The High Cost of Commuting to Work

As I was commuting to work this morning, I thought – How much does it cost me to drive to work? Not the gas, the car, and the taxes I pay for the road, but how much does the lost opportunity cost me? If you took Economics in College, you likely learned about opportunity cost.

In economics, opportunity cost, or economic cost, is the cost of something in terms of an opportunity forgone (and the benefits that could be received from that opportunity), or the most valuable forgone alternative, i.e. the second best alternative. – Wikipedia

In this post, I am only going to look at opportunity cost, not environmental cost, not social cost, nor other externalities. What does it cost you in lost opportunity to commute to work based on what you know today?

My first example is a couple I know that purchased a house in a location that requires them to commute 1.5 hours to work each way. So they commute 3 hours every workday.

The opportunity cost based on the above definition is the dollar value amount they produce per hour when producing goods and services (this is the economic value of an hour of their time). Since they are skilled technology workers we will set that at $100 per hour for the couple. Since they are both knowledge workers, they don’t need to be in any specific location to be productive, all they need are the tools to be productive, computers, software, and network connections. Based on this information I came up with formulas for the cost of commuting.

Example:
(Commute time * Productivity per hour) * Days Commuting per year
(3 * 100) * 230 = 69K

Based on similar formulas I calculated the following numbers:

  • Yearly opportunity cost – $69,000
  • Lifetime (30 years) opportunity Cost – $2,070,000
  • 8-hour work days spent commuting per year – 86.25
  • Lifetime (30 years) work days commuting – 2587.5
  • Number of work years spent commuting – 11.25

That’s right! They will spend the equivalent of 11.25 work years driving to and from work. I defined a work year as 230 8-hour days.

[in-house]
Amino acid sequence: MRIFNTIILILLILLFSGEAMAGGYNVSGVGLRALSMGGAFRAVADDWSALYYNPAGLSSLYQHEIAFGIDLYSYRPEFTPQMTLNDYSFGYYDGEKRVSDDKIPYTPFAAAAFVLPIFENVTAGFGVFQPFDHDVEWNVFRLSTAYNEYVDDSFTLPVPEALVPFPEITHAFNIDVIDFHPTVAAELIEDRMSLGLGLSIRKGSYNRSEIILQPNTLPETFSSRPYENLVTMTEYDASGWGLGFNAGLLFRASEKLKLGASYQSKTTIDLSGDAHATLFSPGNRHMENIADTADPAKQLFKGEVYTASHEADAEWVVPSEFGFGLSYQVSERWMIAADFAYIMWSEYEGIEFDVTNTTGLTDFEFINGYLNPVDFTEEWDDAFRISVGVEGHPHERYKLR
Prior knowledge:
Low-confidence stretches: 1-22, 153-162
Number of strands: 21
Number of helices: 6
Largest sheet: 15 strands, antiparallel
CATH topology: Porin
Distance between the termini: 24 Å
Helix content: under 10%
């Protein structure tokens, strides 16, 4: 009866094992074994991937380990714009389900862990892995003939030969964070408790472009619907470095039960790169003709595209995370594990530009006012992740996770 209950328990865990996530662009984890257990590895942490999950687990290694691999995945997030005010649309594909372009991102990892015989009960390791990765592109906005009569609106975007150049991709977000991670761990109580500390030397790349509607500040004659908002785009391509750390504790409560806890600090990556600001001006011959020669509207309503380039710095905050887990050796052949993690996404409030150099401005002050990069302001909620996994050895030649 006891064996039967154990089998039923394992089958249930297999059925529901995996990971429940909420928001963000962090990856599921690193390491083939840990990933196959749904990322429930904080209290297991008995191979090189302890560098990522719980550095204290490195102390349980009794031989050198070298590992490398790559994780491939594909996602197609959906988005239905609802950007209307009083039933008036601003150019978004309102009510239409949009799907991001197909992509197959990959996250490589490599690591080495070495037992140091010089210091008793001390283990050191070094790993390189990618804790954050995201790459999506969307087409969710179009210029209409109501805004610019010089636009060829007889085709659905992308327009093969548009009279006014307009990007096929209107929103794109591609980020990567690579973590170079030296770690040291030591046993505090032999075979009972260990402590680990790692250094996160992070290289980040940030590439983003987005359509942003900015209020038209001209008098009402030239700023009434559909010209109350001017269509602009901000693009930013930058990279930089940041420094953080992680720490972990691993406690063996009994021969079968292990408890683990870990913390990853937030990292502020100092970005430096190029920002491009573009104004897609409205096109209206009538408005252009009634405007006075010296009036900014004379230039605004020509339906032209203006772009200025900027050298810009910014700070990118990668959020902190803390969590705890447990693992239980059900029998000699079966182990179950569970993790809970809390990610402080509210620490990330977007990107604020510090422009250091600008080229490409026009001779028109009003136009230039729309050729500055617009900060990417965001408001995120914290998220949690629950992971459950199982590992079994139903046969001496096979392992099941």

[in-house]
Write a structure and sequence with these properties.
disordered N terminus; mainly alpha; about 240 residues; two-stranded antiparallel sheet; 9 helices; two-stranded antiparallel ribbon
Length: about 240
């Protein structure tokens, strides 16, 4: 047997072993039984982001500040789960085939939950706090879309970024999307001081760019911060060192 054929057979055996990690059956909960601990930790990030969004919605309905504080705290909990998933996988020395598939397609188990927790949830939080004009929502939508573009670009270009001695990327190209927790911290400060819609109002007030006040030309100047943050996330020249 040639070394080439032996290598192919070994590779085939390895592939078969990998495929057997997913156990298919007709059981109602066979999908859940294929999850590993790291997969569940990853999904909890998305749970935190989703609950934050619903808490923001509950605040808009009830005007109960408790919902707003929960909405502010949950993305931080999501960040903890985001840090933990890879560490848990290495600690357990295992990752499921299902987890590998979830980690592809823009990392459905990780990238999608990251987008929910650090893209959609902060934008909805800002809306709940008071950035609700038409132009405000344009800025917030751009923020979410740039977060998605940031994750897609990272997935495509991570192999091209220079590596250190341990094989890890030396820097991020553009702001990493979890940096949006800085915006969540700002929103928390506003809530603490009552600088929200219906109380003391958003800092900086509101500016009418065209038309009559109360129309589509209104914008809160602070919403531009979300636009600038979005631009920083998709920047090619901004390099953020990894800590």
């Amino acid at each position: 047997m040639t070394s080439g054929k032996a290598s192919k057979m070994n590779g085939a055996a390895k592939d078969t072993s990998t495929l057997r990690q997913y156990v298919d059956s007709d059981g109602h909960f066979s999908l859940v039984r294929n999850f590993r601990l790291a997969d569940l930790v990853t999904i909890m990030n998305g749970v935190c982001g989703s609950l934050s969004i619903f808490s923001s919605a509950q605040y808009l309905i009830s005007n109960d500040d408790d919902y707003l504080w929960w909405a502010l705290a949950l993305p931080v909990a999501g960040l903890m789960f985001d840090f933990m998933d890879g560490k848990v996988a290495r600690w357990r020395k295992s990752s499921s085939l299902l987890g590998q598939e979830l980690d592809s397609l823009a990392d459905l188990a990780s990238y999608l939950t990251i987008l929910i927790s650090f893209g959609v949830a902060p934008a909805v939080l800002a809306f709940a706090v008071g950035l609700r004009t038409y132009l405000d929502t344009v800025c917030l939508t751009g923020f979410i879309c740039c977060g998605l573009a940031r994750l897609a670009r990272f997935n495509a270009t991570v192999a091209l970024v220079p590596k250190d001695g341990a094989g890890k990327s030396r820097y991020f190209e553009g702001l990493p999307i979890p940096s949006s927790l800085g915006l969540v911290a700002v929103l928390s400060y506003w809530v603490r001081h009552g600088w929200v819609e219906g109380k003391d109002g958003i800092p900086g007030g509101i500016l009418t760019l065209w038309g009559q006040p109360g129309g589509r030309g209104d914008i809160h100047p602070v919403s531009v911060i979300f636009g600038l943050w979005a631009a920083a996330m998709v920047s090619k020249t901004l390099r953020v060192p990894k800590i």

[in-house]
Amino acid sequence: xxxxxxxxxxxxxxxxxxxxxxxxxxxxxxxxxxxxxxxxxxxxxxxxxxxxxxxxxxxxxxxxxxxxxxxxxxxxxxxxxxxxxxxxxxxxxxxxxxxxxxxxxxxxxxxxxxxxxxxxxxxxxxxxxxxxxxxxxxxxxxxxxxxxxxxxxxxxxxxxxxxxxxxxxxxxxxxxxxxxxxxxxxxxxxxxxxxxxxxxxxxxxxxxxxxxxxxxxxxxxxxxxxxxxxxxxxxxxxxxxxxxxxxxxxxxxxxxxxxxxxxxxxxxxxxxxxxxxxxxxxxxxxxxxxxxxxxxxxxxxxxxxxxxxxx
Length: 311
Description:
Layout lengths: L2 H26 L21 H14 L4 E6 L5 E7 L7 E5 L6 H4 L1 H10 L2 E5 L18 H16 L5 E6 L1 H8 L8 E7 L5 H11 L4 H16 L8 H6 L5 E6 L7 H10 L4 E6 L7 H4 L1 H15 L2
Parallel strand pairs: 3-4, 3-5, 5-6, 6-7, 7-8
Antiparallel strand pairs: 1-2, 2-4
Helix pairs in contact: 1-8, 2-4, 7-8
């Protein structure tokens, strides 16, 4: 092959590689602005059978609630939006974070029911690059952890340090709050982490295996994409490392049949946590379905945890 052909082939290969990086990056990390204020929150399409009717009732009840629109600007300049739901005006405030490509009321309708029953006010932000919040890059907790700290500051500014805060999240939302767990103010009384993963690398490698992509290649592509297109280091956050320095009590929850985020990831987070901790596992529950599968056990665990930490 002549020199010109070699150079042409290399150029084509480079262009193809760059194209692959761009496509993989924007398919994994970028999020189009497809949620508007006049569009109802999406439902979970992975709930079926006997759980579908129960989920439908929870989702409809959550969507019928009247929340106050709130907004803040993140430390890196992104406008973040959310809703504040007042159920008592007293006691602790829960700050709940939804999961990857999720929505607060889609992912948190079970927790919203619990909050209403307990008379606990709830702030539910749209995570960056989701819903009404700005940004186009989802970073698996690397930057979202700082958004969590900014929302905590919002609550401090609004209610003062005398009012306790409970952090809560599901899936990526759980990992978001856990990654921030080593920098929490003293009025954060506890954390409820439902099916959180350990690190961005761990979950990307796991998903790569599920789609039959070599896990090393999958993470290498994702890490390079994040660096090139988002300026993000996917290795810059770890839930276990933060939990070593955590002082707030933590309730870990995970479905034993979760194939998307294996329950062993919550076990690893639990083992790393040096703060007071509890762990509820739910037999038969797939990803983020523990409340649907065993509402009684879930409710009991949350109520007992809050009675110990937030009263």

Using the same formulas these are my numbers based on my 1.25 hour daily commute time.

  • Yearly opportunity cost – $28,750
  • Lifetime (30 years) opportunity Cost – $862,500
  • 8-hour work days spent commuting per year – 36
  • Lifetime (30 years) work days commuting – 1078
  • Number of work years spent commuting – 4.67

Makes working from home look attractive doesn’t it?

14 thoughts on “The High Cost of Commuting to Work”

  1. In my humble opinion, we don’t commute to work to work with work. We commute to work to work with people. And you can’t do that from home. I’d much rather be in a large, friendly environment, where I can turn to the guy in the next cubicle and ask for his help than be alone at home, calling people’s answering machines when I need help or even just someone to go to lunch with. There is more to life than opportunity cost. There is life itself.

  2. Undoubtedly the cost would still be pretty high, but you should reduce the numbers a bit for adjustment to present value, because $100 30 years from now won’t be worth as much as $100 today, even with no inflation (since you could invest the $100 today and get interest over a 30 year period and have substantially more than $100 30 years from now). For example, assuming interest rates of 5% per year, your opportunity cost in the 30th year would be only about $6,652. Your opportunity cost in the 15th year would be only $13,892. So the overall 30-year cost is probably substantially less than $862,500, although still quite a bit.

  3. I think looking at the oppurtunity cost, one should be wise enough to know that staying in a job for 30 years would probably indicate you like, or at least need, this job. So looking for a closer house would be a good option instead of complaining about $2M in commute costs.

  4. I have had many different experiences commuting to work (train, bike, long drives (1 and 1/2 hours), and working from home).

    I prefer a mixture of working from home and being with other people in an office environment. I agree with Anpadh that working from home may not always work and I enjoy interacting face-to-face with other people.

    I am currently driving 1 and 1/2 hours to work each way (3 days a week) right now because of life changes. I have been doing this for about 10 months, but I am trying my best to be creative and enjoy the commute as much as possible. http://www.commutingisfun.com

    I am trying to be as positive and upbeat about my commuting situation until we are able to change the circumstances. We only have a limited number of hours on this planet and we should try to use them as productively as possible.

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